I have always been curious about the world around me. I took a passionate interest in science at a very young age. When I was 12, I began to do lab research on bio-fuels, bioreactors, and some general experiments to test laws of physics. At that time, my passion gravitated towards energy and environmental technologies. In my senior year of high school, I created a filter for car exhaust fumes, and entered a science fair with a prototype. Now, I'm 19 and trying to bring light to one of the biggest problems that faces our generation: global warming.
As a junior at Vanderbilt University studying Mechanical Engineering & Economics, I'm constantly testing and rendering my design with my team, Ecoviate: 18 year old Jonny Cohen, and 20 year olds, Zac Evans and Lauren Harrison. We want people to realize that as technologies advance, there has only been a rise in emissions and subsequently the accumulation of greenhouse gases. We also want people to know that they don’t have to spend a lot of money to lower their carbon footprints.
At the same time, in such an advanced world, we have to stay connected and be able to travel. When faced with a problem, it is better to tackle that problem right on than try ignoring it and passively dealing with it. Rather than advocating for no cars, we want to keep people's routines intact, with some slight changes that can go a long way. The concept of our carbon dioxide filtration system is disposable in nature, but will have a sustainable impact on the environment. Just as you replace your air filter every once in a while, you would replace our CO2ube.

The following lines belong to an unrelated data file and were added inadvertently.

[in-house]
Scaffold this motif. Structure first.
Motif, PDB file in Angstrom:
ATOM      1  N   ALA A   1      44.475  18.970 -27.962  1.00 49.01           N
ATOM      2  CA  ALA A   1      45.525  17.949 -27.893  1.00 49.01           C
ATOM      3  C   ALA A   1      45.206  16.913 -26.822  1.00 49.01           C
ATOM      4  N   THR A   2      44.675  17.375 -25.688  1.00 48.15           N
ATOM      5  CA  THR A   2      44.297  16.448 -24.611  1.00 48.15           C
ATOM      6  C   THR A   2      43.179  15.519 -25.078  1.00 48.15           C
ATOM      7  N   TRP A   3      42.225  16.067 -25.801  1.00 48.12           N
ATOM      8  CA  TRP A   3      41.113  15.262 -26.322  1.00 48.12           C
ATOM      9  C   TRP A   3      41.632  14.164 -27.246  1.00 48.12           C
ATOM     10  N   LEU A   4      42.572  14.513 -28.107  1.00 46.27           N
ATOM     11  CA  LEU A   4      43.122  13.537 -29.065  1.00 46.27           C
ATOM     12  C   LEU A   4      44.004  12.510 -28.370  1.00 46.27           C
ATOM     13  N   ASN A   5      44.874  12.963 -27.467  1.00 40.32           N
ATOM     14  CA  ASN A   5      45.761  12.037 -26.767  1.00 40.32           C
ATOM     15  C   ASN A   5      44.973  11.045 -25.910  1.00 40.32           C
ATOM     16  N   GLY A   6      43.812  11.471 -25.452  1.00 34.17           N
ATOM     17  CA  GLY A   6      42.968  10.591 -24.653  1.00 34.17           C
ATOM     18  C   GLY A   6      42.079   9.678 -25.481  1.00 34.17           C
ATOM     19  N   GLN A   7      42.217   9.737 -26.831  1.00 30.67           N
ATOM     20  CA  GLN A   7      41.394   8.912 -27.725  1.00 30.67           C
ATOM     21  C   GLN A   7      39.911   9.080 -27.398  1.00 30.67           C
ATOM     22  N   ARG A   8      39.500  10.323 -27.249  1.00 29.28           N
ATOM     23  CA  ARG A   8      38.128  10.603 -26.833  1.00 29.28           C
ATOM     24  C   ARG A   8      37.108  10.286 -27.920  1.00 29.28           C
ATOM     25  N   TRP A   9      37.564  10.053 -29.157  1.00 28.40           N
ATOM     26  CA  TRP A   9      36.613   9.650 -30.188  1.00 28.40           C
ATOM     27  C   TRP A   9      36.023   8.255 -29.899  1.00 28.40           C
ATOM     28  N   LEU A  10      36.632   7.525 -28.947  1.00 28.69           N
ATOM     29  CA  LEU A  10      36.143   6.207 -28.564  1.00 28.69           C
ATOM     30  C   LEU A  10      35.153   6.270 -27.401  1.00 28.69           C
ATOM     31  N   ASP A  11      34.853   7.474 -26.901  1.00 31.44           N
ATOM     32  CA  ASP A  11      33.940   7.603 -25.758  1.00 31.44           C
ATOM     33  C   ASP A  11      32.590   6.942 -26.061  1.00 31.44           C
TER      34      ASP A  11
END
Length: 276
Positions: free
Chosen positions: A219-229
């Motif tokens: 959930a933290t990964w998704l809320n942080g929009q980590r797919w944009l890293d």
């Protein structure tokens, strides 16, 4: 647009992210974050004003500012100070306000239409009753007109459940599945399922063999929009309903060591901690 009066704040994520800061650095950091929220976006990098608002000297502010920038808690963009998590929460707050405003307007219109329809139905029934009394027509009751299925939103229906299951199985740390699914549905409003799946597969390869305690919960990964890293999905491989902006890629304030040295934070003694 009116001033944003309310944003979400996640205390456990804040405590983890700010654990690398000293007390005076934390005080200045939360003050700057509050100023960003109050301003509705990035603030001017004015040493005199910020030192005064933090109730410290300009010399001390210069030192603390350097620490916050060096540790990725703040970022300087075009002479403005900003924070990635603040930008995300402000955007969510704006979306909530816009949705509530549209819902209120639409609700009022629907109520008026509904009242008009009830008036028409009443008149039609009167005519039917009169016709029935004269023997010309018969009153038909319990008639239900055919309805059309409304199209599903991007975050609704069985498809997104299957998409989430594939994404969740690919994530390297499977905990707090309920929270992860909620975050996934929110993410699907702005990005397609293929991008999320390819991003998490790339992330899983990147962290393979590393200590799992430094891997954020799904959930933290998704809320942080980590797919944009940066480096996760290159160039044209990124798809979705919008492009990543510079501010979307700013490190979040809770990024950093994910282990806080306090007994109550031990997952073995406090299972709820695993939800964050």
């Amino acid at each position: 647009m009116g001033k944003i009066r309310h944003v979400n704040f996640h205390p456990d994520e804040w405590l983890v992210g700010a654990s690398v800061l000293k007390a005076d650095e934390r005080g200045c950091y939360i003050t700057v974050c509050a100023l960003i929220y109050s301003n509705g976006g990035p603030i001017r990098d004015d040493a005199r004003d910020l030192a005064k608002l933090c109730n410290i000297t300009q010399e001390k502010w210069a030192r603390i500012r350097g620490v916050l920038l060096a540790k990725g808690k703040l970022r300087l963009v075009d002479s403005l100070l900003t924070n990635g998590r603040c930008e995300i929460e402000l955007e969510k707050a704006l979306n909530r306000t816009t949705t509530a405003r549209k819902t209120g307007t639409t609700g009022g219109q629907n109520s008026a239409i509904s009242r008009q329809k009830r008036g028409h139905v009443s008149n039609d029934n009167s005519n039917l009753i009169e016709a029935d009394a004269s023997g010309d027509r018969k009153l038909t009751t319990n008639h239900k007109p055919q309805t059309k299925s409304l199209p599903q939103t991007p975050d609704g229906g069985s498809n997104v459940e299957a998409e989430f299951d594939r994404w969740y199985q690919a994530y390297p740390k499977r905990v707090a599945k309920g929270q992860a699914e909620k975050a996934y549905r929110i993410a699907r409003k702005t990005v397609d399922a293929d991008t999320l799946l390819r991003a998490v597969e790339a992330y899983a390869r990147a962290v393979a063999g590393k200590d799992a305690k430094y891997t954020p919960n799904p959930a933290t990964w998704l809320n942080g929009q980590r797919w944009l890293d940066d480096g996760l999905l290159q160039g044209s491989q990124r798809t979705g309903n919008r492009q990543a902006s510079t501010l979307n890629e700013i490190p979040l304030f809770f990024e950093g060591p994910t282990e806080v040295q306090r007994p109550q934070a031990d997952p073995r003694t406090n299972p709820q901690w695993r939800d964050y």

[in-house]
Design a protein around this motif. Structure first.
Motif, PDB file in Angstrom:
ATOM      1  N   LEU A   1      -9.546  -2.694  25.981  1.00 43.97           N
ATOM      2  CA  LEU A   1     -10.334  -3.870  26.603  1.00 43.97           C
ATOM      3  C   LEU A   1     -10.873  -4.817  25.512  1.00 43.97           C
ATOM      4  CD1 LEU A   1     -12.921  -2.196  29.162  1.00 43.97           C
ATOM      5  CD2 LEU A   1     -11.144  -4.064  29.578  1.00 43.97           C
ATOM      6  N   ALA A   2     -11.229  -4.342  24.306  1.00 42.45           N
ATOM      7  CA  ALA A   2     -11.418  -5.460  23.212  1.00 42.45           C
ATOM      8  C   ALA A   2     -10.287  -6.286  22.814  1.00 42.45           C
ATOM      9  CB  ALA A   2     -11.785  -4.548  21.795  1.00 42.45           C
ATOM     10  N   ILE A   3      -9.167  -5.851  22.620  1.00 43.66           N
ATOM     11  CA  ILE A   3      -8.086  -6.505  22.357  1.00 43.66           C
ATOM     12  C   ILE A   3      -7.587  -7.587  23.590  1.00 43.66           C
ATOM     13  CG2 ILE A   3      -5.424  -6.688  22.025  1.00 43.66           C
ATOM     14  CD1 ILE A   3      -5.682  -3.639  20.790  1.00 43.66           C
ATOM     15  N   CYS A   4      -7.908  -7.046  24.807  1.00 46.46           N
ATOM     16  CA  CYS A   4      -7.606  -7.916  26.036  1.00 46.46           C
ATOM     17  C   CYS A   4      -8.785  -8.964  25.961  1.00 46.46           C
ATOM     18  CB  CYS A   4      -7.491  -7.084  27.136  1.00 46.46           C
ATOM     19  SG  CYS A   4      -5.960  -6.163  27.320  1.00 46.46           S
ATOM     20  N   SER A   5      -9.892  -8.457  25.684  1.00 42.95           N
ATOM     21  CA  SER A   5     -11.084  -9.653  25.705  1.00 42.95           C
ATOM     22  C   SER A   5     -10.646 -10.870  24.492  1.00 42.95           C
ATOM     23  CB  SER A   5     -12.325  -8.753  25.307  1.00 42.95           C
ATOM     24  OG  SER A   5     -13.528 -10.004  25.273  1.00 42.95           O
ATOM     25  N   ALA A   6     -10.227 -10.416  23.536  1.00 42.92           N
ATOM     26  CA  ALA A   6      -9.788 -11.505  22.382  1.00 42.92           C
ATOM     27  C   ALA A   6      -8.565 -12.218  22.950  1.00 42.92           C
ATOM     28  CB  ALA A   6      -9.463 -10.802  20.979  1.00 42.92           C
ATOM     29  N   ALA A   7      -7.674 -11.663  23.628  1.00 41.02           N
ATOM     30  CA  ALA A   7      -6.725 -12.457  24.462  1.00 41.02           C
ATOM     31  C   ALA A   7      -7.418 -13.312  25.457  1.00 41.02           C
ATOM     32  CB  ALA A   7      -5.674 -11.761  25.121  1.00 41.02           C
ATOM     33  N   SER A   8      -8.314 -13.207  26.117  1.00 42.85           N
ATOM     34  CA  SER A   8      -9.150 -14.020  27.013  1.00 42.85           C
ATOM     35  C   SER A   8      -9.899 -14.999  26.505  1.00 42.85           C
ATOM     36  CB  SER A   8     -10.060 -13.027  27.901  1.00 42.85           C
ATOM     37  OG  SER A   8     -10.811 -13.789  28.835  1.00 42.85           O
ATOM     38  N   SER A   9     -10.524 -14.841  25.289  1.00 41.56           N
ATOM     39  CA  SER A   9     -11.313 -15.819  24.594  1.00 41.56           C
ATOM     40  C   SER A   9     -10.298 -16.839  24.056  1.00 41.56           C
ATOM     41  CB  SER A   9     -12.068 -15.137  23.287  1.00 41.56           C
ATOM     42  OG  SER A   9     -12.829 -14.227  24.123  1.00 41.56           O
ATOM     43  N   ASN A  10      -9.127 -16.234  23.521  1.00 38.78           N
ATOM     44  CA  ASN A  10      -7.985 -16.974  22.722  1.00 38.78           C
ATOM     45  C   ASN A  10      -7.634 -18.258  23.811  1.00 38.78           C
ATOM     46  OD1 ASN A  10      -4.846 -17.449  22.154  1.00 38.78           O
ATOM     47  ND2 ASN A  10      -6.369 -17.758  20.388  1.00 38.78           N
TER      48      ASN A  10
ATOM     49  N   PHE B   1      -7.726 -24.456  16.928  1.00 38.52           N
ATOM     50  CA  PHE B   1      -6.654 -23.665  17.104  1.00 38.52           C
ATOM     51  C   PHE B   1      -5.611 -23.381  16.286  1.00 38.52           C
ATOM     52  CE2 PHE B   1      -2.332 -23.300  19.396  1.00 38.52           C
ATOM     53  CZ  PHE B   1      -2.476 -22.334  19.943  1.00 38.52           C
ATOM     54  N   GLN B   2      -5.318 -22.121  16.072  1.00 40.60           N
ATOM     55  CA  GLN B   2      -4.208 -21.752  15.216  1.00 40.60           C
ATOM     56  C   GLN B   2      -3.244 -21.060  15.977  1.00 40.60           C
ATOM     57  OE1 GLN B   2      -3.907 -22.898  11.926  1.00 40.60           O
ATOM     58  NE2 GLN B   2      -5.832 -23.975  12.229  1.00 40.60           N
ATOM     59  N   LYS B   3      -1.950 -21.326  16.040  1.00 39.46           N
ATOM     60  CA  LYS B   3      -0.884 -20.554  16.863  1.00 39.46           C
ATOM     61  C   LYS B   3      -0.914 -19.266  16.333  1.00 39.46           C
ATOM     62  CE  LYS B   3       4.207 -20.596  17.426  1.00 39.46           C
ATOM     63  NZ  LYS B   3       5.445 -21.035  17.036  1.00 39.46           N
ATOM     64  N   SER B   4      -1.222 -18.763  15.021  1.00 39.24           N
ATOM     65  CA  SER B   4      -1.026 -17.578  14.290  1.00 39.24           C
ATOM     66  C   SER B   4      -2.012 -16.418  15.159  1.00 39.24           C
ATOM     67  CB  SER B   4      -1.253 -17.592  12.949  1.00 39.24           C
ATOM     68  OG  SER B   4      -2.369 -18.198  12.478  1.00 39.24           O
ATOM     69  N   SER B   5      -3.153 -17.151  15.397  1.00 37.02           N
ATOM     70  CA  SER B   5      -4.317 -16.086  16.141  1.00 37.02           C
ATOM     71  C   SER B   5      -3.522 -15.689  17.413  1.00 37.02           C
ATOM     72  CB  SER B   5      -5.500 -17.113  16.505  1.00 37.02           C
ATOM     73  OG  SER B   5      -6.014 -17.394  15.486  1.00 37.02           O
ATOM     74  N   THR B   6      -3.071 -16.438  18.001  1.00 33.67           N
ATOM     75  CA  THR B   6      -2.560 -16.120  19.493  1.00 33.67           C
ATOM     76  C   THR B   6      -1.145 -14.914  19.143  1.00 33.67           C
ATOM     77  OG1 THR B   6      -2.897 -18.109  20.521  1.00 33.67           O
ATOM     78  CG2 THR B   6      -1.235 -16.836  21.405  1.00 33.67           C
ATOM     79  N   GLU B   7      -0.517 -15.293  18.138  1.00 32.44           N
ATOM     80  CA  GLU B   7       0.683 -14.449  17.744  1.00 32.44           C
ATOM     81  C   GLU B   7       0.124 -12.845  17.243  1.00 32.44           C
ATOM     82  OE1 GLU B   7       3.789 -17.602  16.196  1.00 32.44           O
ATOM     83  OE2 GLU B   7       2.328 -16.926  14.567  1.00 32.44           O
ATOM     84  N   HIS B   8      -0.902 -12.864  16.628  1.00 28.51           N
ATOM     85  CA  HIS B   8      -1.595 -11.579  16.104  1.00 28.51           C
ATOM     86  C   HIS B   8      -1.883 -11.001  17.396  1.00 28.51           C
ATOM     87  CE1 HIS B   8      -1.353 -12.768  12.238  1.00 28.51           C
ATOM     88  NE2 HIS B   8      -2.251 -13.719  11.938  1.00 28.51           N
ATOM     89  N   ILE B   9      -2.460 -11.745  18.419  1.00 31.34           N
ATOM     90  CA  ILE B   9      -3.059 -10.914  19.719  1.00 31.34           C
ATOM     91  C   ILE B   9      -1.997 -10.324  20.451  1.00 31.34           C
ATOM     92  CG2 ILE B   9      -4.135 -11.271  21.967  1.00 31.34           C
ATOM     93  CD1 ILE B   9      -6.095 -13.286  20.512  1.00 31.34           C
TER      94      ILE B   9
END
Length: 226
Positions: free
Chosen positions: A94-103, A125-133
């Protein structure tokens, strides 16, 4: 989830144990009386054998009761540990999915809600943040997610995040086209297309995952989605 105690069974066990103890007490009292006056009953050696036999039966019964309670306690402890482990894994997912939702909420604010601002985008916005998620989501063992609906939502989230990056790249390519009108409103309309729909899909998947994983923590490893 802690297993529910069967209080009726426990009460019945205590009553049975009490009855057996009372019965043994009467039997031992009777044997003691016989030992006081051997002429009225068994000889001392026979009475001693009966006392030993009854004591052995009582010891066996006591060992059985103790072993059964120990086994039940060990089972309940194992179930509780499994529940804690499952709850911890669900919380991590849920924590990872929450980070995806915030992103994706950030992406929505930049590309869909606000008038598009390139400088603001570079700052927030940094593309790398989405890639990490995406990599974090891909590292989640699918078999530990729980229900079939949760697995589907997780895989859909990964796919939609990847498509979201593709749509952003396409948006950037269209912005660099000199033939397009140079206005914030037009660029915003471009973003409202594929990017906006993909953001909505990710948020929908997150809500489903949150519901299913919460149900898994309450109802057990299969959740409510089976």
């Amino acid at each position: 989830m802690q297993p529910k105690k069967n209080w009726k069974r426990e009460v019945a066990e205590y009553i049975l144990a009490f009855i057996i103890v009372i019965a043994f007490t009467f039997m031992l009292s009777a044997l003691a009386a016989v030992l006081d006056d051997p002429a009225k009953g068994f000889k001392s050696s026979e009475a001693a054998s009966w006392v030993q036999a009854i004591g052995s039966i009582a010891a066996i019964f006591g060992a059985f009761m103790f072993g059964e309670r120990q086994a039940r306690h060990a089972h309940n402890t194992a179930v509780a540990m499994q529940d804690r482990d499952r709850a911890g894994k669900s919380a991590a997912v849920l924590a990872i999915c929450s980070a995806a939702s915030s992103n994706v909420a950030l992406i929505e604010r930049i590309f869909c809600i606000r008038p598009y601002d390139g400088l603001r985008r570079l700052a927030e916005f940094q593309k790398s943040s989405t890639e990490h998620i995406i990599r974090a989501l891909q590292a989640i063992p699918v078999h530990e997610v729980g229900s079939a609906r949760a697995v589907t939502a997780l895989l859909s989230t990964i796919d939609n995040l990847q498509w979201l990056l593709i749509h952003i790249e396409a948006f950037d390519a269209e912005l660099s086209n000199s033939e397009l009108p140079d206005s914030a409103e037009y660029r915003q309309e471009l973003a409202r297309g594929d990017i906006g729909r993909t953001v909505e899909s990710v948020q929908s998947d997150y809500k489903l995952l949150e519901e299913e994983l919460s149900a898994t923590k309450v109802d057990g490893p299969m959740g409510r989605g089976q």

We are using Kickstarter as a method to get the CO2ube technology out to the market, establish an audience, and eventually get our other products into the hands of people around the world. If you'd like to be a part of it, check out our campaign. As for me, outside of all this science, I eventually have to get to my homework after sometimes going to class.
Have you measured your carbon footprint yet? Add it to your To-Do list.
This project is part of GOOD's series Push for Good—our guide to crowdfunding creative progress.